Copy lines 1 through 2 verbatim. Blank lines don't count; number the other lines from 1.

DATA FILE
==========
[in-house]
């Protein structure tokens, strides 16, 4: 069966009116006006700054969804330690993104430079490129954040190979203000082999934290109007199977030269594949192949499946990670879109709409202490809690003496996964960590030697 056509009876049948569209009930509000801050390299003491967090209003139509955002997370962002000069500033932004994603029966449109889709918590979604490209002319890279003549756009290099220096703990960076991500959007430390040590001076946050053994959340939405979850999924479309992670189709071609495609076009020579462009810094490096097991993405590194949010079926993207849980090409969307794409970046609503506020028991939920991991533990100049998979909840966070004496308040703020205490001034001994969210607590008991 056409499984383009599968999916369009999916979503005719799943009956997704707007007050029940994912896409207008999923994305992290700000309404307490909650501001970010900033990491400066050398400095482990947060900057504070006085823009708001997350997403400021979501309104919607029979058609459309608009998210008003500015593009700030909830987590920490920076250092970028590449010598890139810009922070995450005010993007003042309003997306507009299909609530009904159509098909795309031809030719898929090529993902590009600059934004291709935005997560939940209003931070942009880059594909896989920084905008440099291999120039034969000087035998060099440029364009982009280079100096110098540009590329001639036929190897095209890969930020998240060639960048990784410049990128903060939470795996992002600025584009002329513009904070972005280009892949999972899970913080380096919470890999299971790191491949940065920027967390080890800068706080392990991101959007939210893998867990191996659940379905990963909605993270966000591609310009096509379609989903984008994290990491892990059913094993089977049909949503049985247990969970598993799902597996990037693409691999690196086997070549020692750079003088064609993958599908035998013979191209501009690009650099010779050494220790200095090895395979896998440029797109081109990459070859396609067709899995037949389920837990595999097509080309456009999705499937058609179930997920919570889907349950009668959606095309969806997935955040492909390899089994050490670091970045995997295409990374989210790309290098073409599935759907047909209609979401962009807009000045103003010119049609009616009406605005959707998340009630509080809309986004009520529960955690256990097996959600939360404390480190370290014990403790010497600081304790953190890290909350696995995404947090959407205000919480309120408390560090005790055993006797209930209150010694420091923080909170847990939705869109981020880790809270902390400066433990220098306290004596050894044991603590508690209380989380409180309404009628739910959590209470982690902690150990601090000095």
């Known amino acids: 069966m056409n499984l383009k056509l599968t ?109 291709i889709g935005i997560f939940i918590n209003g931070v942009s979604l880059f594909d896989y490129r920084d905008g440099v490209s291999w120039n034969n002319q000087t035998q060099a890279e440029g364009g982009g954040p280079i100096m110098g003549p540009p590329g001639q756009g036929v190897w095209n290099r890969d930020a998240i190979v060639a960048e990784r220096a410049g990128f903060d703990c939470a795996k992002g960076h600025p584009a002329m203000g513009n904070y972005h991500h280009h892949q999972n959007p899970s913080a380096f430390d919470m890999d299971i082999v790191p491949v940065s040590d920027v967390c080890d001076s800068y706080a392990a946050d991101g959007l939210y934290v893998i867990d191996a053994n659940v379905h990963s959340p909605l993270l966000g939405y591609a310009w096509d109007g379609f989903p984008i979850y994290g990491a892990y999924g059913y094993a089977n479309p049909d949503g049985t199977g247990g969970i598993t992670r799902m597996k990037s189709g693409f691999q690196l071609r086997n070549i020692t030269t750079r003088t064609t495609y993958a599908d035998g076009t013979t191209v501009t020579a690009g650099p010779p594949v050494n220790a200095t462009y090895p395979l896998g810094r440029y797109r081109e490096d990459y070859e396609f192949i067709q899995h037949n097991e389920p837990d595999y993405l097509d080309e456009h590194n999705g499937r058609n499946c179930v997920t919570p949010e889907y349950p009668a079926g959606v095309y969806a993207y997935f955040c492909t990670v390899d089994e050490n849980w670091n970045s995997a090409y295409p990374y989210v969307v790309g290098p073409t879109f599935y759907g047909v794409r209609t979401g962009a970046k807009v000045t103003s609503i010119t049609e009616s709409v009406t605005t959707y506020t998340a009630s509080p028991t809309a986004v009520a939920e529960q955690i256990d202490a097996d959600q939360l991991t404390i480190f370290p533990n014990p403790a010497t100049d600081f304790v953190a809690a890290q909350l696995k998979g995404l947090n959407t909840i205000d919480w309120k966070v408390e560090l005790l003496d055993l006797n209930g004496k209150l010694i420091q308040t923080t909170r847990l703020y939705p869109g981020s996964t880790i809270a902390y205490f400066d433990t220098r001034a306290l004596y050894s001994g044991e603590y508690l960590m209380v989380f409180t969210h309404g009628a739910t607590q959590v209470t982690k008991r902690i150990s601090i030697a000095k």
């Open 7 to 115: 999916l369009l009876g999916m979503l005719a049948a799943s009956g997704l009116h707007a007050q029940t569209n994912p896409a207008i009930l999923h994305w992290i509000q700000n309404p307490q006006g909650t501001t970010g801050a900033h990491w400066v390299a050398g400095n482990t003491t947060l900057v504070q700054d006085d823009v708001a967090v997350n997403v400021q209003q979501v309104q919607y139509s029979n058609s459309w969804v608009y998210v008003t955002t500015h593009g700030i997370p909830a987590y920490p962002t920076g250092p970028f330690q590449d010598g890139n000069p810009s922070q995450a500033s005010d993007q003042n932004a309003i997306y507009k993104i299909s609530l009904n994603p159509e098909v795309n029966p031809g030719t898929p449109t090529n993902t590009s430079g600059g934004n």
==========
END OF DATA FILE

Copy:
[in-house]
């Protein structure tokens, strides 16, 4: 069966009116006006700054969804330690993104430079490129954040190979203000082999934290109007199977030269594949192949499946990670879109709409202490809690003496996964960590030697 056509009876049948569209009930509000801050390299003491967090209003139509955002997370962002000069500033932004994603029966449109889709918590979604490209002319890279003549756009290099220096703990960076991500959007430390040590001076946050053994959340939405979850999924479309992670189709071609495609076009020579462009810094490096097991993405590194949010079926993207849980090409969307794409970046609503506020028991939920991991533990100049998979909840966070004496308040703020205490001034001994969210607590008991 056409499984383009599968999916369009999916979503005719799943009956997704707007007050029940994912896409207008999923994305992290700000309404307490909650501001970010900033990491400066050398400095482990947060900057504070006085823009708001997350997403400021979501309104919607029979058609459309608009998210008003500015593009700030909830987590920490920076250092970028590449010598890139810009922070995450005010993007003042309003997306507009299909609530009904159509098909795309031809030719898929090529993902590009600059934004291709935005997560939940209003931070942009880059594909896989920084905008440099291999120039034969000087035998060099440029364009982009280079100096110098540009590329001639036929190897095209890969930020998240060639960048990784410049990128903060939470795996992002600025584009002329513009904070972005280009892949999972899970913080380096919470890999299971790191491949940065920027967390080890800068706080392990991101959007939210893998867990191996659940379905990963909605993270966000591609310009096509379609989903984008994290990491892990059913094993089977049909949503049985247990969970598993799902597996990037693409691999690196086997070549020692750079003088064609993958599908035998013979191209501009690009650099010779050494220790200095090895395979896998440029797109081109990459070859396609067709899995037949389920837990595999097509080309456009999705499937058609179930997920919570889907349950009668959606095309969806997935955040492909390899089994050490670091970045995997295409990374989210790309290098073409599935759907047909209609979401962009807009000045103003010119049609009616009406605005959707998340009630509080809309986004009520529960955690256990097996959600939360404390480190370290014990403790010497600081304790953190890290909350696995995404947090959407205000919480309120408390560090005790055993006797209930209150010694420091923080909170847990939705869109981020880790809270902390400066433990220098306290004596050894044991603590508690209380989380409180309404009628739910959590209470982690902690150990601090000095």